The second, related concern raised by American Atheists is the successful passage of “conscience” bills for healthcare providers, that give sweeping protection to anyone in the medical system who refuses to provide service on the basis of religious beliefs, even if a patient dies as a result. This sort of protective overreach is indicative of the siege mentality that comes from decades of being told that your political opponents are out to destroy your very way of life.
The harms are likely to fall disproportionately on women, especially women seeking abortions, as well as trans individuals seeking not just gender-affirming care but medical treatment more broadly. It’s important to note how these broad claims of “religious freedom” continue to be used to advance a range of concrete, often discriminatory projects against both women and LGBTQ communities.
This effective use of overlapping concerns is also on display in the recent attacks on public schools. Public schools and public school teachers have long been a target of criticism by the religious right. The teaching of evolution and comprehensive sex education, and policy changes like the removal of prayer outside of religious extracurriculars, have fueled a push for religious charter schools and a demand that public funding be provided, in the form of vouchers for parents who wish to remove their children from public schooling.
The debate over religious charter schools is complicated by the history of marginalised communities relying on charter schools to provide an educational alternative to racist public schools. The conservative war on public schools tends to take the form of whatever cultural issue is currently in vogue, from the gay agenda panic to the current attacks on Critical Race Theory, and related pedagogical approaches like social-emotional learning.
I haven’t discussed the CRT moral panic in this column, as it has primarily remained an American problem, but it’s worth understanding its place in the larger debate over school choice in America. Critical Race Theory was originally developed as a legal theory to address the lack of progress on racial justice despite the shift to racially neutral laws in America. This theory then influenced education through concepts like culturally-relevant pedagogy, and a shift away from a deficit model approach for understanding marginalised students. The CRT moral panic was popularised by Chris Rufo, a former director of the Discovery Institute’s Center on Wealth and Poverty. The Discovery Institute is known for their “teach the controversy” creationist agenda, and their UK affiliate group Truth in Science has been sending anti-trans pseudoscience films to UK schools. In America, this moral panic is part of an ongoing project to discredit public schooling and drive demand for alternatives. The CRT moral panic has combined with anger over school closures and mask mandates into a broad concern that parents are being denied control over what happens to their children in public schools, despite the fact that, in the age of Covid and remote learning, parents have unprecedented access to what is happening in their student’s classrooms.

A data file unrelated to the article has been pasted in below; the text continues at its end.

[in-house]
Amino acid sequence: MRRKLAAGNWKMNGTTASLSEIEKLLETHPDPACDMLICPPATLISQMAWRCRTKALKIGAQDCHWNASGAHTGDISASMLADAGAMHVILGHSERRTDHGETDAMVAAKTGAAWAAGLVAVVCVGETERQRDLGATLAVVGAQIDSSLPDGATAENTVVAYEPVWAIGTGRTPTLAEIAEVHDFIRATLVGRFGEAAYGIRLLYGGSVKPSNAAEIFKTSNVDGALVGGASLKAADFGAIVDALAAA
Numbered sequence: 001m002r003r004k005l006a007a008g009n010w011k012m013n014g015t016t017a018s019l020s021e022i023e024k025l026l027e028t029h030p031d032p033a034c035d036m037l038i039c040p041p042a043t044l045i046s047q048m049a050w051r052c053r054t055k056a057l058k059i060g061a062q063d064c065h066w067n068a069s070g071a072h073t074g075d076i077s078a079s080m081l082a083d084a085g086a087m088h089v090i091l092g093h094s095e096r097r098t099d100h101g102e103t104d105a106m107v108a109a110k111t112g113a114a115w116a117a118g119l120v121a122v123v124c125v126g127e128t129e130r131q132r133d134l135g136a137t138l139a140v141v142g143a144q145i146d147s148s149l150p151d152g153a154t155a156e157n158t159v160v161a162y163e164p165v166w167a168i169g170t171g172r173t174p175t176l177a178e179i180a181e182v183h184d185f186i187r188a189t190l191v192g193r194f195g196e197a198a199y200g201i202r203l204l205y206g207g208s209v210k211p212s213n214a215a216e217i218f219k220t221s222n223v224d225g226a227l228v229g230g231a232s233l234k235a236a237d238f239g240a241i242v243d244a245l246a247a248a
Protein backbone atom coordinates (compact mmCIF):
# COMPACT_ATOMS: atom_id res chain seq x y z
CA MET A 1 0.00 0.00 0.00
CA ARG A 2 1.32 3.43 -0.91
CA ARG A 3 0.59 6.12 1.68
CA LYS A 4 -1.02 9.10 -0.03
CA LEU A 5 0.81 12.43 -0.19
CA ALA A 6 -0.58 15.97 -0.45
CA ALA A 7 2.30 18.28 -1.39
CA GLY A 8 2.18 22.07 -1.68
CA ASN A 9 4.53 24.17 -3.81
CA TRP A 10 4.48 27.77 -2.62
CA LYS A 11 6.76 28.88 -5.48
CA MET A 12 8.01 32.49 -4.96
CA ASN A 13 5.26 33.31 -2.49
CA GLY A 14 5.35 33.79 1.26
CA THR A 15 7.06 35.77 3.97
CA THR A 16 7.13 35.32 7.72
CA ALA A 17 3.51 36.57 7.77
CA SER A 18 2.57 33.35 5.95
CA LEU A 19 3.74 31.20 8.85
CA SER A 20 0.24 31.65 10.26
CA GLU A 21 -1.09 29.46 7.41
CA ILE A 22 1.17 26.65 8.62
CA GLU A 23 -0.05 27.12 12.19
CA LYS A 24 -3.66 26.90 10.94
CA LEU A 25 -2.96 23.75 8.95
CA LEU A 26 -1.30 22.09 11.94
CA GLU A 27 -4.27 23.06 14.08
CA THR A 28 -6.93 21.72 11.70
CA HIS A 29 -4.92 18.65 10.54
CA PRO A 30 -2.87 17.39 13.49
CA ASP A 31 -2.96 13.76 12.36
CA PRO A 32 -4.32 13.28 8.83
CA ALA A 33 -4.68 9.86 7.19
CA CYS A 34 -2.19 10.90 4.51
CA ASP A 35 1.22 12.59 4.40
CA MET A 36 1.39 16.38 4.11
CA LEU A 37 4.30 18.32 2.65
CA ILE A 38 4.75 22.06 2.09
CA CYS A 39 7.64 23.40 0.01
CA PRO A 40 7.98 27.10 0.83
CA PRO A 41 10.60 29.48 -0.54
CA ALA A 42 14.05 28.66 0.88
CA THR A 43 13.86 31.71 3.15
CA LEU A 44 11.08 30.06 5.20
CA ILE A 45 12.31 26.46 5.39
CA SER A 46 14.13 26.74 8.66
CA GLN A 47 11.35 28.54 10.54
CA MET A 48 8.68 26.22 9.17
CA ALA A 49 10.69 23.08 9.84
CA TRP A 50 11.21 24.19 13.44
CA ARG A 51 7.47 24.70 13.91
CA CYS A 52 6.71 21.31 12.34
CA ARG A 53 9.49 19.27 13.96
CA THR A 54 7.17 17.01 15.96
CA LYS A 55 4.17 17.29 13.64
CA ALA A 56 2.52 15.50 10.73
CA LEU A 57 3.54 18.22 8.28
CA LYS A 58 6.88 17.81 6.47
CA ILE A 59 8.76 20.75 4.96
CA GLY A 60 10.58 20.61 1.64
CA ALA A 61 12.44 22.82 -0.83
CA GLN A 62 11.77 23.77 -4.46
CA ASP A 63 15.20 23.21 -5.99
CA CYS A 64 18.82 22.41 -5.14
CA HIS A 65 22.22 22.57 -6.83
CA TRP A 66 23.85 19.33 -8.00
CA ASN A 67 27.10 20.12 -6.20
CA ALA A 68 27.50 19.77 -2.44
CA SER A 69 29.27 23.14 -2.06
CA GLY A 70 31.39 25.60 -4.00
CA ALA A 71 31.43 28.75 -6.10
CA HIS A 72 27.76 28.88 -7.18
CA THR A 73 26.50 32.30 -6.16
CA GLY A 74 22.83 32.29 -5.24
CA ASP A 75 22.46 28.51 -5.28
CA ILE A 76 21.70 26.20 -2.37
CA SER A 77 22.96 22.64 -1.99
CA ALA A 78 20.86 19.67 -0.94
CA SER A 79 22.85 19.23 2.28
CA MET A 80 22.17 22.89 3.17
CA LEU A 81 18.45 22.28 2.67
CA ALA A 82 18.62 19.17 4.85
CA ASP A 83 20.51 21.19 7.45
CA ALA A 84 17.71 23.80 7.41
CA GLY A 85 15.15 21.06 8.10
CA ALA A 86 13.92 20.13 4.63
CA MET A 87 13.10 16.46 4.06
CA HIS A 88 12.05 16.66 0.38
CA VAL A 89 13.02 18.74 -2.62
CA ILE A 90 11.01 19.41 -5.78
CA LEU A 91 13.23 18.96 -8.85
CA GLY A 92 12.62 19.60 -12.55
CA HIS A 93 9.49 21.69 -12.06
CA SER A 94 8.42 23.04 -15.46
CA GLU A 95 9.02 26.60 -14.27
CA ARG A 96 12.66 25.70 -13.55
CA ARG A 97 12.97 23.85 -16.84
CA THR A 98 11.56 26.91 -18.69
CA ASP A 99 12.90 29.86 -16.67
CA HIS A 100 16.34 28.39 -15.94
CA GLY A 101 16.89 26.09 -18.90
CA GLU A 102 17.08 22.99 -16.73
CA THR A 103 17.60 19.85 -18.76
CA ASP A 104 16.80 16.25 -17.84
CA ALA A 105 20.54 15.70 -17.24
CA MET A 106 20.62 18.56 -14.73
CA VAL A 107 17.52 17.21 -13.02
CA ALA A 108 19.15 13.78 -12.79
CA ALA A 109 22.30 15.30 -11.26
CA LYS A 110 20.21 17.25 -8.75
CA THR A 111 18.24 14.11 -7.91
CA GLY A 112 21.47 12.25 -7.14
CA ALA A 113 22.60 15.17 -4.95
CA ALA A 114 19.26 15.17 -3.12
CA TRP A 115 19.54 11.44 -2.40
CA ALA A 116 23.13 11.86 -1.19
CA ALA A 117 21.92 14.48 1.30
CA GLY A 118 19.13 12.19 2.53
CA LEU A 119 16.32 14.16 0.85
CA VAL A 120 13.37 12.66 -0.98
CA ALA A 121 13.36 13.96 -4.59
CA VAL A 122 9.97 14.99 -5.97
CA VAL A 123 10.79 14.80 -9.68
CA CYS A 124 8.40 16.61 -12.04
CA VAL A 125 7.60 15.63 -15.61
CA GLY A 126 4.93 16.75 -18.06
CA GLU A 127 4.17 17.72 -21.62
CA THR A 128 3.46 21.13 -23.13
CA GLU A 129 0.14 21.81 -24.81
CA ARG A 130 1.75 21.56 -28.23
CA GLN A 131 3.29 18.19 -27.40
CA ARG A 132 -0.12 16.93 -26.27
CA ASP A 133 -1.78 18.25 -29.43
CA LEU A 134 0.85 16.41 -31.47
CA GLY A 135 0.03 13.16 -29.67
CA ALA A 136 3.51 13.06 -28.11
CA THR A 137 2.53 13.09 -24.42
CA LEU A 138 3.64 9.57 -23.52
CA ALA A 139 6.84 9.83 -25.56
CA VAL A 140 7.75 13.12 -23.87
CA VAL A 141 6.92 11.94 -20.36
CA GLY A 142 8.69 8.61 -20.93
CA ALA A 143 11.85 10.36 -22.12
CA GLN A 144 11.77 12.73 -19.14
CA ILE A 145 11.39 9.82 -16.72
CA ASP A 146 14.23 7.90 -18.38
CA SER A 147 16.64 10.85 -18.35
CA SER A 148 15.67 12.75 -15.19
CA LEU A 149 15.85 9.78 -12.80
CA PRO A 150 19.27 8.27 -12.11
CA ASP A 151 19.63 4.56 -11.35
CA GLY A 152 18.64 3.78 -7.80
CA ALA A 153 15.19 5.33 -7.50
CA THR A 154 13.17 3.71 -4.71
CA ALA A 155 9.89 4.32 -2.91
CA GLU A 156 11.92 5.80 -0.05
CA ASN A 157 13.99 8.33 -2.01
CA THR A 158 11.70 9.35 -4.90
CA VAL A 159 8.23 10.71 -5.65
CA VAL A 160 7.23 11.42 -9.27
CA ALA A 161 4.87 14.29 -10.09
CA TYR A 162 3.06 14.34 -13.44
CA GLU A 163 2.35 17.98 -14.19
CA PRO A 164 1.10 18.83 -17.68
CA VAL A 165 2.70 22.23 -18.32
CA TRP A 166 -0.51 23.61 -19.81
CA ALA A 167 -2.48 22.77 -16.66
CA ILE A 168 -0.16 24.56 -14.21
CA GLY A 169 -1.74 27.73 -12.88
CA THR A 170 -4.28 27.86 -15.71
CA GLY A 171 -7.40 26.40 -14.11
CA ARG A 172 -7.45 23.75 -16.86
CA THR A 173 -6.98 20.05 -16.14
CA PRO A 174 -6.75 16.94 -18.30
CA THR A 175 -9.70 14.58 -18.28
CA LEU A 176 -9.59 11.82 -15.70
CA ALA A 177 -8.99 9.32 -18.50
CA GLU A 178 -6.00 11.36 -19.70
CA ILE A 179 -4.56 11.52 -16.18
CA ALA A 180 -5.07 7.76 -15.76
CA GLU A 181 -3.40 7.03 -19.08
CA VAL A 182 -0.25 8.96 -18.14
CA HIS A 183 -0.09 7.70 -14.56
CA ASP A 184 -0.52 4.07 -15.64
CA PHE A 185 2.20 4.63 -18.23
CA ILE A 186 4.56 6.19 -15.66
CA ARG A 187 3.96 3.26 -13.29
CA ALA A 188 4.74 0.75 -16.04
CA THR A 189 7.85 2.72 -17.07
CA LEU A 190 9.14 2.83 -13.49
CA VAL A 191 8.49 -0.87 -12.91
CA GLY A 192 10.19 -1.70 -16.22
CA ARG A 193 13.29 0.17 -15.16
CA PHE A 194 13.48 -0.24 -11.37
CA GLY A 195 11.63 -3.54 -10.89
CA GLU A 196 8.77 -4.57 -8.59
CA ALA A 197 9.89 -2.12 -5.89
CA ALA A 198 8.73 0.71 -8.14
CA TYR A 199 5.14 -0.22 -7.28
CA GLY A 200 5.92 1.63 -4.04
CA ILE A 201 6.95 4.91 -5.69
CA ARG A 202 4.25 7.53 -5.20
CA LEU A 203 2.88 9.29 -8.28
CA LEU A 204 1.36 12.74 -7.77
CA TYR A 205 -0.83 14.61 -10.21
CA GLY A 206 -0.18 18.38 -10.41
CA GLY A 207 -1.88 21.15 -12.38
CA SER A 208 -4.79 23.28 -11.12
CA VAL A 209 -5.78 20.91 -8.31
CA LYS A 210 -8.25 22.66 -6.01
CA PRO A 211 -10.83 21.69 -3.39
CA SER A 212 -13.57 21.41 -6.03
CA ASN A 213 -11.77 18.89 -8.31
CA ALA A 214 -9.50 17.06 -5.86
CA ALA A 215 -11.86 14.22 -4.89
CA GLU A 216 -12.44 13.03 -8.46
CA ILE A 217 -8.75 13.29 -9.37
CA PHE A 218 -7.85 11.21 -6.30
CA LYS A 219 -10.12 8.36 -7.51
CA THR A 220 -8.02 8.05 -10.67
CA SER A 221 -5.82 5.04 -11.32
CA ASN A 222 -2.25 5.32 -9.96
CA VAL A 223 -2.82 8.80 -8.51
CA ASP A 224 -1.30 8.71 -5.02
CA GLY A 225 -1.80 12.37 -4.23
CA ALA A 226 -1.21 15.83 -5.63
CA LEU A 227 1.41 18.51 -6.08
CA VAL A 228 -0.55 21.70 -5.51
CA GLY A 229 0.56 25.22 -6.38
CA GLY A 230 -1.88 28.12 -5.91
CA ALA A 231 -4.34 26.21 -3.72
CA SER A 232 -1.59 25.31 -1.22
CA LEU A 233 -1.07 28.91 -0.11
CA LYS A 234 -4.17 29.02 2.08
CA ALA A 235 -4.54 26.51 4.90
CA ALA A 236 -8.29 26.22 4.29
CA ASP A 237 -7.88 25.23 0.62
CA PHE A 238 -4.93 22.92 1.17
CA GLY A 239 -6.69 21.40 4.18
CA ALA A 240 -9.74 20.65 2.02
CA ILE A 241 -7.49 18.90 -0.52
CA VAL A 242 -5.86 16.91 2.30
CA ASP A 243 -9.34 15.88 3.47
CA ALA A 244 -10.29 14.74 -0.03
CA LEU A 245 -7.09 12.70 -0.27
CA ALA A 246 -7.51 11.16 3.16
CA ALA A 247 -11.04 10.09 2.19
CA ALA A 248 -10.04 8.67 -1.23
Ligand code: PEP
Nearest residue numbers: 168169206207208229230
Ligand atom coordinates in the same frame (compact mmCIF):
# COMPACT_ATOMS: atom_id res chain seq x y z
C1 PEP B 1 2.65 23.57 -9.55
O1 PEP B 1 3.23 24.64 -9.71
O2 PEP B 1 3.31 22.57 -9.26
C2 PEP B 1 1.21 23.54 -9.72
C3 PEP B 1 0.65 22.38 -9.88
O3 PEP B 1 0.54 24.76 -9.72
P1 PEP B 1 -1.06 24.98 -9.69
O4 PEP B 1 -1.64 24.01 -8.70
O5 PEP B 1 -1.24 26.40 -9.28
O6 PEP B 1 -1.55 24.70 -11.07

I recently had an exchange with Andy Lewis concerning gender critical views and skepticism, where I argued that UK concerns about “the Trans agenda” are being influenced by American style religious conservatism. I received some pushback that the UK doesn’t have these problems the way that America does, but I worry that your genuinely more secular society might make it possible to be complicit about what’s seeping across the Atlantic.
The reality is, the internet is creating more cultural crossover than ever before, and I want UK skeptics to understand what we’re dealing with over here, because I’m not convinced it can be kept from influencing your culture in ways that might not seem religiously motivated at first, but lead to regressive outcomes. The religious right in America are not taking secularisation lying down, and they can cause a lot of suffering if their attempts to undermine secularism aren’t taken seriously.